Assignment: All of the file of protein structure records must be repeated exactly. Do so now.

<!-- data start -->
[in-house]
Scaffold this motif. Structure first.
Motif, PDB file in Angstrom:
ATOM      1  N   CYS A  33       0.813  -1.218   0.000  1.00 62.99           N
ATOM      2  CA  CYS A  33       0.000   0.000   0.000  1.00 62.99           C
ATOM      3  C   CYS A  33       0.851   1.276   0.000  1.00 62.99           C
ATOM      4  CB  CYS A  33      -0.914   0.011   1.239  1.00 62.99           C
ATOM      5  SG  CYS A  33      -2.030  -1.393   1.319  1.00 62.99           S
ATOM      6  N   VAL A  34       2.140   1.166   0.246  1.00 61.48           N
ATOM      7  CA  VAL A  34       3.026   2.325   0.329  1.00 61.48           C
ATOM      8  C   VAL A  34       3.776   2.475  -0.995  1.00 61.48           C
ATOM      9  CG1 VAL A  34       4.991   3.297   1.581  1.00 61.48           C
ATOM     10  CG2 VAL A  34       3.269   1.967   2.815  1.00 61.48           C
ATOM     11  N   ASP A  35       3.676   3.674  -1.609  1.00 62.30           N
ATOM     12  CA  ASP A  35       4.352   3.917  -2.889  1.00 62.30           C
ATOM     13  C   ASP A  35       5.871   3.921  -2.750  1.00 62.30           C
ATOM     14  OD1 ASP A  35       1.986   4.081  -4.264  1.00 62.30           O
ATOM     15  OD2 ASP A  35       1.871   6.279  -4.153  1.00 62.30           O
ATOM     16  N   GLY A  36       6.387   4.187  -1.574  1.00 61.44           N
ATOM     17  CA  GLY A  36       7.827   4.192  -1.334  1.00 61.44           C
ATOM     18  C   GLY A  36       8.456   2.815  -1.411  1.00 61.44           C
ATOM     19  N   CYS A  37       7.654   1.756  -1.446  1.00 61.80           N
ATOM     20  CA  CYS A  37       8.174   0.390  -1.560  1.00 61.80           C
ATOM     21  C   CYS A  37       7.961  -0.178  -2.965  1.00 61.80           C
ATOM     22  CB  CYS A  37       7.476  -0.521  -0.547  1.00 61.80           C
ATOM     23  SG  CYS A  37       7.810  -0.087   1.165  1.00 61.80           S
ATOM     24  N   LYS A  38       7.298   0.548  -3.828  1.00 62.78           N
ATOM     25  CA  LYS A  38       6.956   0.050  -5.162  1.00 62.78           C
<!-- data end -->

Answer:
[in-house]
Scaffold this motif. Structure first.
Motif, PDB file in Angstrom:
ATOM      1  N   CYS A  33       0.813  -1.218   0.000  1.00 62.99           N
ATOM      2  CA  CYS A  33       0.000   0.000   0.000  1.00 62.99           C
ATOM      3  C   CYS A  33       0.851   1.276   0.000  1.00 62.99           C
ATOM      4  CB  CYS A  33      -0.914   0.011   1.239  1.00 62.99           C
ATOM      5  SG  CYS A  33      -2.030  -1.393   1.319  1.00 62.99           S
ATOM      6  N   VAL A  34       2.140   1.166   0.246  1.00 61.48           N
ATOM      7  CA  VAL A  34       3.026   2.325   0.329  1.00 61.48           C
ATOM      8  C   VAL A  34       3.776   2.475  -0.995  1.00 61.48           C
ATOM      9  CG1 VAL A  34       4.991   3.297   1.581  1.00 61.48           C
ATOM     10  CG2 VAL A  34       3.269   1.967   2.815  1.00 61.48           C
ATOM     11  N   ASP A  35       3.676   3.674  -1.609  1.00 62.30           N
ATOM     12  CA  ASP A  35       4.352   3.917  -2.889  1.00 62.30           C
ATOM     13  C   ASP A  35       5.871   3.921  -2.750  1.00 62.30           C
ATOM     14  OD1 ASP A  35       1.986   4.081  -4.264  1.00 62.30           O
ATOM     15  OD2 ASP A  35       1.871   6.279  -4.153  1.00 62.30           O
ATOM     16  N   GLY A  36       6.387   4.187  -1.574  1.00 61.44           N
ATOM     17  CA  GLY A  36       7.827   4.192  -1.334  1.00 61.44           C
ATOM     18  C   GLY A  36       8.456   2.815  -1.411  1.00 61.44           C
ATOM     19  N   CYS A  37       7.654   1.756  -1.446  1.00 61.80           N
ATOM     20  CA  CYS A  37       8.174   0.390  -1.560  1.00 61.80           C
ATOM     21  C   CYS A  37       7.961  -0.178  -2.965  1.00 61.80           C
ATOM     22  CB  CYS A  37       7.476  -0.521  -0.547  1.00 61.80           C
ATOM     23  SG  CYS A  37       7.810  -0.087   1.165  1.00 61.80           S
ATOM     24  N   LYS A  38       7.298   0.548  -3.828  1.00 62.78           N
ATOM     25  CA  LYS A  38       6.956   0.050  -5.162  1.00 62.78           C